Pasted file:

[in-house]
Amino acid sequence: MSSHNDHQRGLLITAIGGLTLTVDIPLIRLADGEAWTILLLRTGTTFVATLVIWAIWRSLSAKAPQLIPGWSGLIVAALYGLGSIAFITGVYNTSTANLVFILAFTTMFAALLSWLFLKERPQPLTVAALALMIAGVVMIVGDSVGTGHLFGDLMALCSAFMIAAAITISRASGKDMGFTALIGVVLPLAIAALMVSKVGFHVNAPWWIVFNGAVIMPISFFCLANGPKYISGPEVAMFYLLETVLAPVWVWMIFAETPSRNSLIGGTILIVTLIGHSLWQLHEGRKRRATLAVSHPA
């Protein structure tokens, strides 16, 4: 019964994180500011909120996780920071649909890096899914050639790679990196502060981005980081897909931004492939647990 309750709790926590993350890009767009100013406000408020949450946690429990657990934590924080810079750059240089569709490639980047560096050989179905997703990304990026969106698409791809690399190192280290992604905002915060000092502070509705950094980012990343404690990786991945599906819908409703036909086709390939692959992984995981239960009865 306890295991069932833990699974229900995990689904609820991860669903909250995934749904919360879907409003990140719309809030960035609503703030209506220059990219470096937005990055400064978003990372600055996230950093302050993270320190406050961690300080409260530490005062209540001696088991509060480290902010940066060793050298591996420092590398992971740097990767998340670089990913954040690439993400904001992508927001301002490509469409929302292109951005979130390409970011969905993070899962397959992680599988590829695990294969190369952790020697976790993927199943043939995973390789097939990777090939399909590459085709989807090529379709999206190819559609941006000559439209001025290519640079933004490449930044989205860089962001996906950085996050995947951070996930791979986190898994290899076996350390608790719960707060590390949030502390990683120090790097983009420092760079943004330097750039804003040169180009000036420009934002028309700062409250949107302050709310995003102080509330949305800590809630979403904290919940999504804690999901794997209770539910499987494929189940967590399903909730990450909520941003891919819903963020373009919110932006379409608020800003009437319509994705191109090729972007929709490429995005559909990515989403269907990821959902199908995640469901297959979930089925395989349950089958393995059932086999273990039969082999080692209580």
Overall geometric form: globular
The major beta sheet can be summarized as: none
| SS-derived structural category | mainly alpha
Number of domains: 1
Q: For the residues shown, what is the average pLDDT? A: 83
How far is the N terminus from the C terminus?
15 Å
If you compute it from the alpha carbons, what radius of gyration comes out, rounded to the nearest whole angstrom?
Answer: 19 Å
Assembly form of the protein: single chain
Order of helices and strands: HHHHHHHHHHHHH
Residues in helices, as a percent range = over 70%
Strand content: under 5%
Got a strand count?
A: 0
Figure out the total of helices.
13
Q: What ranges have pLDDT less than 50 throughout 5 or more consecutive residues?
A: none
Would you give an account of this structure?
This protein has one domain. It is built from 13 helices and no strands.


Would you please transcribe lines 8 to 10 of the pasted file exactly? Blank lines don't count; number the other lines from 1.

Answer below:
Q: For the residues shown, what is the average pLDDT? A: 83
How far is the N terminus from the C terminus?
15 Å